Until November 9, 2016, when he announced his intention to oust Kiambu Governor William Kabogo, little was known about “Dr” David Kariuki Ngare, popularly known as Gakuyo, beyond being a televangelist who ran a struggling micro-finance and land buying business.
Then Gakuyo, the overseer of Calvary Chosen Centre Church in Thika, went on a publicity blitz, buying airtime on TV and radio to broadcast his sermons and promote his businesses — Gakuyo Real Estate and Ekeza Sacco.
But like a two-edged sword, his quest for publicity and power brought him fame but also scrutiny — from allegations that he had forged his academic credentials to questions on his businesses.
Immediately after his entry into the Kiambu gubernatorial race against the incumbent and main challenger, Ferdinand Waititu Baba Yao, Gakuyo was battling accusations that he not only had dubious academic qualifications but that he had also cheated his way into Jomo Kenyatta University of Agriculture and Technology where he was later kicked out.
The 50-year-old father of three, according to his credentials, sat his Certificate of Primary Education at Munyu Primary School in 1983 and got his primary school leaving certificate 21 years later.
However, an NTV expose on February 22, 2017, stated that the index number on his certificate was of a different school and his name was not in the list of candidates who sat the test in that school that year.
The bishop is reported to have also applied to study “county governance” at Jomo Kenyatta University of Agriculture and Technology’s (JKUAT) Westlands campus in 2016, only to be kicked out after four months when questions were raised about his admission.
A university inquiry established that Gakuyo, who indicated he attended International School of Christ in 2000 and 2001 and got an honorary doctorate from Cambridge Theological Seminary in 2016, had not provided a secondary school certificate.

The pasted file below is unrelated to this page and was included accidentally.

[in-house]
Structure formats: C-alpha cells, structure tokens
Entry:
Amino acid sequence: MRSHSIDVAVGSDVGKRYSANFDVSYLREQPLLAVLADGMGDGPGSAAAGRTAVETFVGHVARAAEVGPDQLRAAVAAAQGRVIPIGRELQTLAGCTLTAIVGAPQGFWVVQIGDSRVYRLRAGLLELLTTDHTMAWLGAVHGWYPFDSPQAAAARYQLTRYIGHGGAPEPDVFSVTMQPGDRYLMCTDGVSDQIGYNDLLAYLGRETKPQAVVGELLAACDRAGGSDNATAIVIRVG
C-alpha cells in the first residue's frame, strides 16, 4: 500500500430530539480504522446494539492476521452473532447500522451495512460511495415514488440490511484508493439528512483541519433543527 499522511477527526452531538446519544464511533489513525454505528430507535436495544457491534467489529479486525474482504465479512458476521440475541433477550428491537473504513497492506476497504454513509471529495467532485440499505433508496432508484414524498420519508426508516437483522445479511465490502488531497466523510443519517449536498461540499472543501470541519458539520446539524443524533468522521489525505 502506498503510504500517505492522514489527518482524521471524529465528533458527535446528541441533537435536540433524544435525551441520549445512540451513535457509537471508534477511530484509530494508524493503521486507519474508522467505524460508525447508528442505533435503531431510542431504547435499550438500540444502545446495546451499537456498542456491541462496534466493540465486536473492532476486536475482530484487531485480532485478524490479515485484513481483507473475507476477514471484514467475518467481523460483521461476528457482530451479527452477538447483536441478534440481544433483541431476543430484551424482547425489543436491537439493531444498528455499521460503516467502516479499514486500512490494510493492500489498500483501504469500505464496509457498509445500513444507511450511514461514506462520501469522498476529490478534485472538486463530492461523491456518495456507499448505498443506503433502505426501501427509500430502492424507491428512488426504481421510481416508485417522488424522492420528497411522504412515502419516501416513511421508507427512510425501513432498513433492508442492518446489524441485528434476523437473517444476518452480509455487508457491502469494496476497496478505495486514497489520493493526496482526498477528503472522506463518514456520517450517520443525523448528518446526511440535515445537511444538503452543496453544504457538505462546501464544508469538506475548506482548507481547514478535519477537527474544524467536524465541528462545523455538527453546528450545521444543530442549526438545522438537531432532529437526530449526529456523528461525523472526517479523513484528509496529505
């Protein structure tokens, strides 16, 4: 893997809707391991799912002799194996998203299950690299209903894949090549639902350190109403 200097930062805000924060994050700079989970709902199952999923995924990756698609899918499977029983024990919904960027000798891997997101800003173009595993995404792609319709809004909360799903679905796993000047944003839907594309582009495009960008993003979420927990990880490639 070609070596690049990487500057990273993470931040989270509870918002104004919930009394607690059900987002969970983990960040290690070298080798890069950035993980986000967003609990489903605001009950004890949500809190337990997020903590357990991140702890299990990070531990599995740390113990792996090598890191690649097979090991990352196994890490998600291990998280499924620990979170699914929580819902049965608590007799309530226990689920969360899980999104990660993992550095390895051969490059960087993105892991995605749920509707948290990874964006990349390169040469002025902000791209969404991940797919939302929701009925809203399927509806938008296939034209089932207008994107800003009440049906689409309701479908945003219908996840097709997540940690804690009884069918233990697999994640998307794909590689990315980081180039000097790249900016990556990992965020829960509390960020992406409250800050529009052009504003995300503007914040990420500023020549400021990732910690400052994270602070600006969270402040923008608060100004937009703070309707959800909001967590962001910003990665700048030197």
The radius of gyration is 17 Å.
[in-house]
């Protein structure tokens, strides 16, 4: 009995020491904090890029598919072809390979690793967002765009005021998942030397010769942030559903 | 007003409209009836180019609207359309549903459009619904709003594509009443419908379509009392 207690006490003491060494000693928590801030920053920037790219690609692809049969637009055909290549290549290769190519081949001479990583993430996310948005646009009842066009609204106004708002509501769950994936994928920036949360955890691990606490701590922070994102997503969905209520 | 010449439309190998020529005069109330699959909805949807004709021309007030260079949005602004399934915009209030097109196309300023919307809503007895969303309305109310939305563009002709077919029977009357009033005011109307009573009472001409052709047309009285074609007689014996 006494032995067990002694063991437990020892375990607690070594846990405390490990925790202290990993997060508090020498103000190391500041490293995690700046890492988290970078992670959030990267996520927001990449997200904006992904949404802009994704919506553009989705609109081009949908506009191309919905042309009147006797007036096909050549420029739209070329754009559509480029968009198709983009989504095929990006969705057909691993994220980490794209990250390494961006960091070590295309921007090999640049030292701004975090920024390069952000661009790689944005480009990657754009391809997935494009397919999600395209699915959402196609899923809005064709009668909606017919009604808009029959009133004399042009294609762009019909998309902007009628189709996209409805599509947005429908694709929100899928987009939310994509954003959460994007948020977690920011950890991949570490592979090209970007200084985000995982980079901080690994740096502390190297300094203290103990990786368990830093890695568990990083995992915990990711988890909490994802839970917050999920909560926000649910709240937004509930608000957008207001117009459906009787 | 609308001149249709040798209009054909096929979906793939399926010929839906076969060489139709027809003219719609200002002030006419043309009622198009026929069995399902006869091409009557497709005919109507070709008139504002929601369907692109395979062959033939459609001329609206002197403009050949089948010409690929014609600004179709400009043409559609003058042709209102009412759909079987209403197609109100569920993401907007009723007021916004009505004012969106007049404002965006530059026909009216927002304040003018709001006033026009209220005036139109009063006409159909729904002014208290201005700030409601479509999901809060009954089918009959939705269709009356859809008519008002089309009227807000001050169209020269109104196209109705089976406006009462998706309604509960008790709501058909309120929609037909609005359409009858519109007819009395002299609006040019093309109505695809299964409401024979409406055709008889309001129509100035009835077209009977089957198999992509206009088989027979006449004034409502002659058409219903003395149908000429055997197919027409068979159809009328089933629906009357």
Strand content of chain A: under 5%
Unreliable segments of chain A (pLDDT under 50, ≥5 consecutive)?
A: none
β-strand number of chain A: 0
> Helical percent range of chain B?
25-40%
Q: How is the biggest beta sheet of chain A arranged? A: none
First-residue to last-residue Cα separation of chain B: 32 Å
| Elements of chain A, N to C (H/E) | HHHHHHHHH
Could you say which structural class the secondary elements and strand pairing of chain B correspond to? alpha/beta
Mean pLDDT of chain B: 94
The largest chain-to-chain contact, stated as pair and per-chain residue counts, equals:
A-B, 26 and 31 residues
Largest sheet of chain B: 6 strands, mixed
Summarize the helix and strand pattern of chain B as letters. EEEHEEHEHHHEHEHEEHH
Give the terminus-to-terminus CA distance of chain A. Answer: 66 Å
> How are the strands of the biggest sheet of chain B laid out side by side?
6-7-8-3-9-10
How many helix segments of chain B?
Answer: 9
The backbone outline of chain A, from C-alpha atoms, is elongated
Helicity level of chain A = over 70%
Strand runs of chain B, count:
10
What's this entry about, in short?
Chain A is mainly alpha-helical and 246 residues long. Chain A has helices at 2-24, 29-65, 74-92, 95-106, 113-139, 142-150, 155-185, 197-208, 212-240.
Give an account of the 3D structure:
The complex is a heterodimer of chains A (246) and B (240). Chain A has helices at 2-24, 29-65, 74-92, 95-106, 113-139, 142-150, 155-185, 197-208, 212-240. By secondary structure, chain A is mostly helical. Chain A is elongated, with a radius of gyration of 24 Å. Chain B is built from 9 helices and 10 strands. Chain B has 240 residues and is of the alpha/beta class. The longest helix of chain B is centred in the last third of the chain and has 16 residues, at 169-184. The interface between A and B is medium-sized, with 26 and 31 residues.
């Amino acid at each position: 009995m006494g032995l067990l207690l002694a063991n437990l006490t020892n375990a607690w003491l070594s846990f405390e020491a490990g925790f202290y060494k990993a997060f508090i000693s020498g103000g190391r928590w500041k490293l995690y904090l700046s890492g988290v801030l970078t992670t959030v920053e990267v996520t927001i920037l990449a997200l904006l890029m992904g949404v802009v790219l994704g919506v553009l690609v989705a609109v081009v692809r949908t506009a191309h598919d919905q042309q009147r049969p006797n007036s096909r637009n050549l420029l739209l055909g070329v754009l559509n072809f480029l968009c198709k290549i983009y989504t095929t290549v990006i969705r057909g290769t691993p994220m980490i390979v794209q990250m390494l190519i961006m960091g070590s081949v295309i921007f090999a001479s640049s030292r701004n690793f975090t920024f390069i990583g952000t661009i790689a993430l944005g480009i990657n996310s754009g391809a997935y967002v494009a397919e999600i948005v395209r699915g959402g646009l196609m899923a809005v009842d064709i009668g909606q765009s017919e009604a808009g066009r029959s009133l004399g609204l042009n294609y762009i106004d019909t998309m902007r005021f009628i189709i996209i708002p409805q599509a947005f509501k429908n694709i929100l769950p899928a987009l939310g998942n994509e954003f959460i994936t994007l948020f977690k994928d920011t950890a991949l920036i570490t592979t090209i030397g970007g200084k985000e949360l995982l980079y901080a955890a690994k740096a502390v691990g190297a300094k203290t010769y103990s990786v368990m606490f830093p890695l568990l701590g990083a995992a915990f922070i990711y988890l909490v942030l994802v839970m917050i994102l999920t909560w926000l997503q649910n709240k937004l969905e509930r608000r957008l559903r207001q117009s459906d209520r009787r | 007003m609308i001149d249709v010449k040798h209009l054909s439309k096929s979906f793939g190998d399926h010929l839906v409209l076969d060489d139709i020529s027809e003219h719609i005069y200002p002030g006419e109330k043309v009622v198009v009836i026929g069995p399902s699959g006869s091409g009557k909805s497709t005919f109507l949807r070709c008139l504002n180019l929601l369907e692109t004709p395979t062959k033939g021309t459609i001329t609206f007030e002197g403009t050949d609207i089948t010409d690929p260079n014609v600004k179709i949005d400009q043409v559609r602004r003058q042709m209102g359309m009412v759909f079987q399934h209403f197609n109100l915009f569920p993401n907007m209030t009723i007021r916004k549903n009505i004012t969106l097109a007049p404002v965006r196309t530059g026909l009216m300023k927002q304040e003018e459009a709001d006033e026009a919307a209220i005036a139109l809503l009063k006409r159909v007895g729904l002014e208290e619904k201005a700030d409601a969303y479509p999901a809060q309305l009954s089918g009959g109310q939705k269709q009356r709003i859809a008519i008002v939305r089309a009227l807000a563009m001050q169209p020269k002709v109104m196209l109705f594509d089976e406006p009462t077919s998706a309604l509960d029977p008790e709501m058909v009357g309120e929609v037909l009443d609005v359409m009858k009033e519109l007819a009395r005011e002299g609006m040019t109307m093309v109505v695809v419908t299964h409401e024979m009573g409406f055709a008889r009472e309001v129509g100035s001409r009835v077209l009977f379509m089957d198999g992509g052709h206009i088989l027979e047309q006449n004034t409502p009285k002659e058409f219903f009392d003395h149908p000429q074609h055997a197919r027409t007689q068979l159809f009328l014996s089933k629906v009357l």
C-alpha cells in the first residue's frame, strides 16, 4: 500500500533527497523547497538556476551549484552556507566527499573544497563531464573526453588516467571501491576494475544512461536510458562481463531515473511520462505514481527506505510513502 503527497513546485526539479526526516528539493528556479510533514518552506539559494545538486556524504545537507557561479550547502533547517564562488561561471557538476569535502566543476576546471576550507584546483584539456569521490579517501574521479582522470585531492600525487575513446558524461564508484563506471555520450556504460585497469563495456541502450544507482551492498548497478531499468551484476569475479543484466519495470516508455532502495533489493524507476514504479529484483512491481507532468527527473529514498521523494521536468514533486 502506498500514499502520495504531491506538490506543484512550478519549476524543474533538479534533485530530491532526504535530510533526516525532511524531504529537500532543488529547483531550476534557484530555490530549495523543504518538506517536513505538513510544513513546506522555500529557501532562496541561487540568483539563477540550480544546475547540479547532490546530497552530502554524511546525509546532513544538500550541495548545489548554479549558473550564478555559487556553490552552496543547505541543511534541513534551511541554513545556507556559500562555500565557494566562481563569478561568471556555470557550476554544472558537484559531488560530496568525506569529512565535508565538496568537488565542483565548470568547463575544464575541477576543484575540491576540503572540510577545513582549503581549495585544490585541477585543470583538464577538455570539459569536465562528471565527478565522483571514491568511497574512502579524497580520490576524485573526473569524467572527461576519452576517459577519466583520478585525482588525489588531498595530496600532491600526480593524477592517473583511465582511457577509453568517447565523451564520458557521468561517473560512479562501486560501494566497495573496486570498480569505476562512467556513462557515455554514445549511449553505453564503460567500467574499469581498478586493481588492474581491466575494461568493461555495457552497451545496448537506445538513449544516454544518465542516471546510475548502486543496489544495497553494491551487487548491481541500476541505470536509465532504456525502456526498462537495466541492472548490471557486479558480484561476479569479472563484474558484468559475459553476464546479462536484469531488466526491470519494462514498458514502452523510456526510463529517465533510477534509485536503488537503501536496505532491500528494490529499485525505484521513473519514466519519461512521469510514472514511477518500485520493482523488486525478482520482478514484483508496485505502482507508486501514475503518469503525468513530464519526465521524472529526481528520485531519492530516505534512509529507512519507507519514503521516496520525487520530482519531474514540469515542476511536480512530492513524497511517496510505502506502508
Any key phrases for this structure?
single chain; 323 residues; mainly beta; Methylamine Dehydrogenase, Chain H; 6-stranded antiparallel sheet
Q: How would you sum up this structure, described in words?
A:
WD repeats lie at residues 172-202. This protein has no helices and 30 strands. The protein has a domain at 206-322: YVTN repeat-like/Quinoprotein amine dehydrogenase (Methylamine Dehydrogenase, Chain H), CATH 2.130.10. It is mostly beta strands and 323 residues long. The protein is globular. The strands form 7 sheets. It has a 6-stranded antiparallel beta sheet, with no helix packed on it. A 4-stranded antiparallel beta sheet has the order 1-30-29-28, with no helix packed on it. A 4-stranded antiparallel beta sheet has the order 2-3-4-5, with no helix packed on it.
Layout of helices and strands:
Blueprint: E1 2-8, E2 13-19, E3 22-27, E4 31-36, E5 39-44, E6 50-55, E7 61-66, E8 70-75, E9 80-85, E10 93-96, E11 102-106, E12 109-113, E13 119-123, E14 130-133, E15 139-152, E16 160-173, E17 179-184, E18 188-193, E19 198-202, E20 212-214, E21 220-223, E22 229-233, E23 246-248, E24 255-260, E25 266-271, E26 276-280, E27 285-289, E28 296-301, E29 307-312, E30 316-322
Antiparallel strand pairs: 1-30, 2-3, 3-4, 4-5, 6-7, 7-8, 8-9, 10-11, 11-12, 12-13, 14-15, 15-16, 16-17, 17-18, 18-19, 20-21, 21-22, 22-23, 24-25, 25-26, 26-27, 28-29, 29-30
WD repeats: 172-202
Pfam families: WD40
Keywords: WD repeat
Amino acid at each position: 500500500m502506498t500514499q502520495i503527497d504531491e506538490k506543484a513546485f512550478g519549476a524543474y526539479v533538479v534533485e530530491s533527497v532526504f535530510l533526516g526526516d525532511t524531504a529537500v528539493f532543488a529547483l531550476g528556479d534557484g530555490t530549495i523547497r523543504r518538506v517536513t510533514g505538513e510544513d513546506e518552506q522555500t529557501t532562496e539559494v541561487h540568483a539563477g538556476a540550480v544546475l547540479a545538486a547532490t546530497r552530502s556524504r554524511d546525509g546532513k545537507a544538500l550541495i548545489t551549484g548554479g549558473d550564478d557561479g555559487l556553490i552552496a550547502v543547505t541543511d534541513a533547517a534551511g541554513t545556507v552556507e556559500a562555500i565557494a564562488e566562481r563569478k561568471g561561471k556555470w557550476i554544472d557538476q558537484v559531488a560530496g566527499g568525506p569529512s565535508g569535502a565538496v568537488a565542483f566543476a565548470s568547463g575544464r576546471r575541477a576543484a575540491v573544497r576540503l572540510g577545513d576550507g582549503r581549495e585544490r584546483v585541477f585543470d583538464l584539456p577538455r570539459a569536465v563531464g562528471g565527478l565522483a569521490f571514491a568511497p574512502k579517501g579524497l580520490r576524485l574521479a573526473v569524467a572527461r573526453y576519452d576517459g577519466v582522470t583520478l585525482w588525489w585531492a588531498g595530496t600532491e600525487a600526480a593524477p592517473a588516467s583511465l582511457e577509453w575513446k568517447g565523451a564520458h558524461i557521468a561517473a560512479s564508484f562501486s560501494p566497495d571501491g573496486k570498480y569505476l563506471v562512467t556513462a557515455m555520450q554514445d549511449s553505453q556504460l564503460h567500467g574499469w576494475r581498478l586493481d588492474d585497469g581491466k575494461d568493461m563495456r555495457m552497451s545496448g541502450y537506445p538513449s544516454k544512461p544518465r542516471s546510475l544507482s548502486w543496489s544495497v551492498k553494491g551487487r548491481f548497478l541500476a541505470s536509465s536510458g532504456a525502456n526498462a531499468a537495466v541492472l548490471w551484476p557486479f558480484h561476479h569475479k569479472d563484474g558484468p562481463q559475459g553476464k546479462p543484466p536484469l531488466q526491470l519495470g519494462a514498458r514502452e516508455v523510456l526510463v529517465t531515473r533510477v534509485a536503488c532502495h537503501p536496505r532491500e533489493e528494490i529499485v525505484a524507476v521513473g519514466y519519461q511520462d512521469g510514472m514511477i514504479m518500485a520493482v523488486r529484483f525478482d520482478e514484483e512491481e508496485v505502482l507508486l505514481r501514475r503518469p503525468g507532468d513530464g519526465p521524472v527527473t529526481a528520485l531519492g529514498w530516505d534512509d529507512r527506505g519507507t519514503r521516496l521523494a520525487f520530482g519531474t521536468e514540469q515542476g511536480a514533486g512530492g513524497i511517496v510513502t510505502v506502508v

Despite maintaining that the claims of forgery were made up by his political rivals, Gakuyo dropped out of the race in support of Waititu, the eventual winner, but had to settle for the position of economic adviser instead of a high-profile county executive slot.
On Thursday, the controversies that have surrounded Gakuyo in the past few years came to a head when his businesses became the subject of a statement by Industry, Trade and Co-operatives Cabinet Secretary Peter Munya.
Gakuyo is currently battling allegations of mismanaging over Sh2.5 billion members’ savings at Ekeza Sacco and swindling clients through fake property investments using his real estate company.
Until the intervention of the co-operatives regulator, the bishop and his senior managers had been accused of playing a cat-and-mouse game with clients who have been demanding their money back, and who want Director of Criminal Investigations George Kinoti to intervene.
To save himself and the company, which by October last year had refunded Sh116 million, Gakuyo announced the selling off of some property to raise money to pay more than 53,000 members seeking a total refund of Sh2 billion.
In a Press notice on January 24, Leakey’s Auctioneers, he put up for sale Lillies Hotel in Juja, Salama House and Swift Breeze Hardware on Garissa Road, Thika, a quarry in Murang’a and 250 acres in Murang’a and Machakos counties.
But on Thursday, CS Munya asked Commissioner of Co-operatives Mary Mungai to seek an injunction against the sale scheduled to take place on February 14, arguing that he is not convinced that the proceeds will go to members.
Gakuyo has in the meantime defended himself that he is not to blame that his clients have not been entirely refunded, saying he cannot access the money after the accounts were frozen following the government’s intervention.